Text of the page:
The Near Witch is only an old story told to frighten children.
If the wind calls at night, you must not listen. The wind is lonely, and always looking for company.
There are no strangers in the town of Near.
These are the truths that Lexi has heard all her life. But when an actual stranger, a boy who seems to fade like smoke, appears outside her home on the moor at night, she knows that at least one of these sayings is no longer true.
The next night, the children of Near start disappearing from their beds, and the mysterious boy falls under suspicion.
As the hunt for the children intensifies, so does Lexi’s need to know about the witch that just might be more than a bedtime story, about the wind that seems to speak through the walls at night, and about the history of this nameless boy.
A huge thank you to Titan Books for providing me with a copy of this book in exchange for an honest review!
This is Schwab’s debut novel and since I adore her other books so much, I knew straight away I had to read this. Just like her other stories, it was wonderfully creative and beautifully written. The reason why Schwab is one of my favourite authors is because she writes such unique stories with such captivating characters and I can see now that she has always had a knack for it.
My favourite part about The Near Witch was the setting and the atmosphere. The fact that the plot revolves around missing children, a vengeful witch, and a mysterious strange boy with supernatural abilities, definitely made for a chilling story. And of course, what is a story about witches without the presence of a moor where quite a lot of scenes take place. Schwab’s descriptions of the moor were so unsettling; she made everything sound so spooky and otherworldly.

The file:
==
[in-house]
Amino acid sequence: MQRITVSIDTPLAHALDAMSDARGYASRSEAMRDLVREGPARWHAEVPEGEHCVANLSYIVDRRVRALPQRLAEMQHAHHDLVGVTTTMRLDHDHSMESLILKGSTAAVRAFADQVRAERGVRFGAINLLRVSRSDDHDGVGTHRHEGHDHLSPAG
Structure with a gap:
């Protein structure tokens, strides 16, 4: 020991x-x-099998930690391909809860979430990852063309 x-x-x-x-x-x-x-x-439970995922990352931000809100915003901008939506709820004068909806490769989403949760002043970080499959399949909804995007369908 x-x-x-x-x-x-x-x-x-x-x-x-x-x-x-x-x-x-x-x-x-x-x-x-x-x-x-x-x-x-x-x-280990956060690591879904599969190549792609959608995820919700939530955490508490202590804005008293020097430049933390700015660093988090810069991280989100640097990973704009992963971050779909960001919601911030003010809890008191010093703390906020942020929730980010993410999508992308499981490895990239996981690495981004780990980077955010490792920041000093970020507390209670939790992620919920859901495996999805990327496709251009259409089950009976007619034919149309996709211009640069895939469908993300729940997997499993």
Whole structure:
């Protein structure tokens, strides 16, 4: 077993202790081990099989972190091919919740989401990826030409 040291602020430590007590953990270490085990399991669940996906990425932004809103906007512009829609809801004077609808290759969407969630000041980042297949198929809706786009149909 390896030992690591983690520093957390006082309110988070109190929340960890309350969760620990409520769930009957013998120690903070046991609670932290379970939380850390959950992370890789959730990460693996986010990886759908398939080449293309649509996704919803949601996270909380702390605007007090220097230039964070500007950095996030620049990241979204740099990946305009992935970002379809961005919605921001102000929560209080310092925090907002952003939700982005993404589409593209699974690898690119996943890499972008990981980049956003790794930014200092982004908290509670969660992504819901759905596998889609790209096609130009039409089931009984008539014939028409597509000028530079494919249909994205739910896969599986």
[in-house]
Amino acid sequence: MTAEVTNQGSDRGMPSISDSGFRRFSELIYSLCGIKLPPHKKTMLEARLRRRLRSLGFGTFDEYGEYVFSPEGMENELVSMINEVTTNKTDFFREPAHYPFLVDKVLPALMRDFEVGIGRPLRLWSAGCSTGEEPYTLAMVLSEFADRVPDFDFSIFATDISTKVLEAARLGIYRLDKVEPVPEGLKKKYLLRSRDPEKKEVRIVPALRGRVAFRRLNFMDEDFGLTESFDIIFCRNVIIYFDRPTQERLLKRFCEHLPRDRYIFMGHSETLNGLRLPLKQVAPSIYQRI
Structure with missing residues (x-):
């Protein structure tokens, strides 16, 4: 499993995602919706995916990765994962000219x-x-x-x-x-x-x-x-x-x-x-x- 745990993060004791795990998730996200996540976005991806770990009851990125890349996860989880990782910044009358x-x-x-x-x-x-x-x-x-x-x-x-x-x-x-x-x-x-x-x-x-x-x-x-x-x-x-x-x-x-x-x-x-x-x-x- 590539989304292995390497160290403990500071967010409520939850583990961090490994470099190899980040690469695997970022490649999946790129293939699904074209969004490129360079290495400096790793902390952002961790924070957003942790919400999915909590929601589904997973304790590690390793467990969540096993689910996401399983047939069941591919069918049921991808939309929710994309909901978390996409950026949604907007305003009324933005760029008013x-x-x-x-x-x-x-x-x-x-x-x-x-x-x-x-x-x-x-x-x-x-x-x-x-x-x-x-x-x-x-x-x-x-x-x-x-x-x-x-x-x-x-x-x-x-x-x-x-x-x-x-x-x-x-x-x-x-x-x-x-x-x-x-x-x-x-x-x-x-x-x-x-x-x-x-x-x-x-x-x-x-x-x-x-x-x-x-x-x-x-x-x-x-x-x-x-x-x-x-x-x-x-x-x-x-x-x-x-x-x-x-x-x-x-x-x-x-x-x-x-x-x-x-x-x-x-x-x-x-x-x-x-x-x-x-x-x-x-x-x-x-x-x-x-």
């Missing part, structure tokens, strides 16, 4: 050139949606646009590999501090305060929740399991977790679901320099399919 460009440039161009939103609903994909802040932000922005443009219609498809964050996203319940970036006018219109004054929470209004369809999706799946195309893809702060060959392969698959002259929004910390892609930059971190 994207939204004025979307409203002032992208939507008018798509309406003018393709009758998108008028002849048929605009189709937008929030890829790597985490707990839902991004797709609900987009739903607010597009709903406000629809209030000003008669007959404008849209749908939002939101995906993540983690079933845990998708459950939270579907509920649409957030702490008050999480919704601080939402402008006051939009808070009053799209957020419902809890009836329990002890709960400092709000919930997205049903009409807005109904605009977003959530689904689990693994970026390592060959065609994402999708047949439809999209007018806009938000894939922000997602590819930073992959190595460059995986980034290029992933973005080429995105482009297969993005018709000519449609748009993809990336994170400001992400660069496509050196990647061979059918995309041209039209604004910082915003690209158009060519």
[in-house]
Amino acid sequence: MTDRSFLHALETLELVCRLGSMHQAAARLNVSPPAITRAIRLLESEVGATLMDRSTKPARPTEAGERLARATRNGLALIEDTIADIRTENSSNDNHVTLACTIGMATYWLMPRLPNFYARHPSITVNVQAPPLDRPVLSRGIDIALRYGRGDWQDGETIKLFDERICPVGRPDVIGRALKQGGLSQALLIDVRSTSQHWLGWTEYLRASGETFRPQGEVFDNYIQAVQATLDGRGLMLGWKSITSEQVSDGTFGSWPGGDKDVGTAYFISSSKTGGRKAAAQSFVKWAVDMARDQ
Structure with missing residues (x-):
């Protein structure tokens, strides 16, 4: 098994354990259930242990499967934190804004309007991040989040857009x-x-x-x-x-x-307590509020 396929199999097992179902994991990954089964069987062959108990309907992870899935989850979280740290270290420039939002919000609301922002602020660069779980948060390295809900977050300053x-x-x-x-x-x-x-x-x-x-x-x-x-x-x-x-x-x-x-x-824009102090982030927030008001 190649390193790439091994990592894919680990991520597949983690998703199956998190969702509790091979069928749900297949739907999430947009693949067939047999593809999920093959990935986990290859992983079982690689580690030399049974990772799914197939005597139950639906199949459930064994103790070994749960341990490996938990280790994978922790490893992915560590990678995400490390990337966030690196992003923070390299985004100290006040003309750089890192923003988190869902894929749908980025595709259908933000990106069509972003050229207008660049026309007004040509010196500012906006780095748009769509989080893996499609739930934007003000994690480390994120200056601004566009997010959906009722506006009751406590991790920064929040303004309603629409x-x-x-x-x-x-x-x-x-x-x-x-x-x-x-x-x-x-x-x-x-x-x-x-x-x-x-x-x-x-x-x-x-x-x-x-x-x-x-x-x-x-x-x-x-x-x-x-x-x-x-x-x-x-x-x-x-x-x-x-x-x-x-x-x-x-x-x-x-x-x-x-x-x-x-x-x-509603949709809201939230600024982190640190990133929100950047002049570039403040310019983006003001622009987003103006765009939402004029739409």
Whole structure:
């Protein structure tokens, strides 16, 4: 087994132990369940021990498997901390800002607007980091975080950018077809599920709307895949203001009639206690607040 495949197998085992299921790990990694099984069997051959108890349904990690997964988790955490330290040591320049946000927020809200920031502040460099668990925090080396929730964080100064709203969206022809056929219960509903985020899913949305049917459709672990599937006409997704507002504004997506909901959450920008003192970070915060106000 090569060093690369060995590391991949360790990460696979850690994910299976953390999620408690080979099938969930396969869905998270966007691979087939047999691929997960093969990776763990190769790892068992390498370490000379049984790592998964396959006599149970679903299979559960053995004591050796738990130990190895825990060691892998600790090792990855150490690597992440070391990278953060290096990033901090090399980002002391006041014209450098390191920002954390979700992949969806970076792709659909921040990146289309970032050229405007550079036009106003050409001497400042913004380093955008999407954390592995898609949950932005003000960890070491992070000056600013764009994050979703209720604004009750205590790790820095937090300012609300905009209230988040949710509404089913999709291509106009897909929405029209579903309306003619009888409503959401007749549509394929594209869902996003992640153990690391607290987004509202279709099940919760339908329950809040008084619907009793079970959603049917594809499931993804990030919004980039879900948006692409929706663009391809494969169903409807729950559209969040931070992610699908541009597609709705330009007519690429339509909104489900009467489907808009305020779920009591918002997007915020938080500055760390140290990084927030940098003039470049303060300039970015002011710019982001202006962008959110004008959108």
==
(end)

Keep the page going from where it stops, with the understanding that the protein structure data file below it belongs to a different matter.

Cole was my favourite character by far and part of me thinks this book would have been so much better if he was the narrator. He was a really intriguing and mysterious character, with, of course, a tragic backstory. I instantly took a liking to him and I loved that he had a supernatural ability/gift (but not really gift to him). He was so kind and caring despite everything that had happened to him. Even though everyone in the village was blaming him for the children going missing, he still wanted to help them and put an end to it all.
One thing I didn’t like with Lexi and Cole was the insta-love. Unfortunately as soon as Lexi met Cole she believed he was innocent despite not knowing anything about him and they had like an instant connection. I was a bit taken aback by it and surprised that Schwab chose to include an insta-love but I did like them together by the end so it wasn’t too bad.
As well as the Near Witch, there’s two other witches, Dreska and Magda. They had a strong presence in the story and I really liked them but I was disappointed that they didn’t really do much. I would have liked to see them in action rather than being told they were powerful once upon a time. I did like how Schwab went with the view that we fear what we don’t understand as they were both shunned and cut off from the rest of the village because of what happened with the Near Witch.
Sadly I was a little disappointed with the plot. Around halfway through I noticed there was a pattern and the same things kept happening: another child disappeared and Lexi, along with the help of Cole, would sneak out at night and look for the missing children. I would have liked things to be shaken up a bit but that just seemed to be the main plot and I didn’t find it very engaging. Also I would have liked some mundane scenes thrown in there like eating, sleeping and showering because Lexi was a human after all and never seemed to eat or sleep! I don’t know where she got all her energy from because she was constantly running around looking for clues as to where the children might be.
Even though I didn’t enjoy The Near Witch as much as Vicious and A Darker Shade of Magic, it was still a wonderful story and I have fallen in love with another one of her characters which isn’t surprising!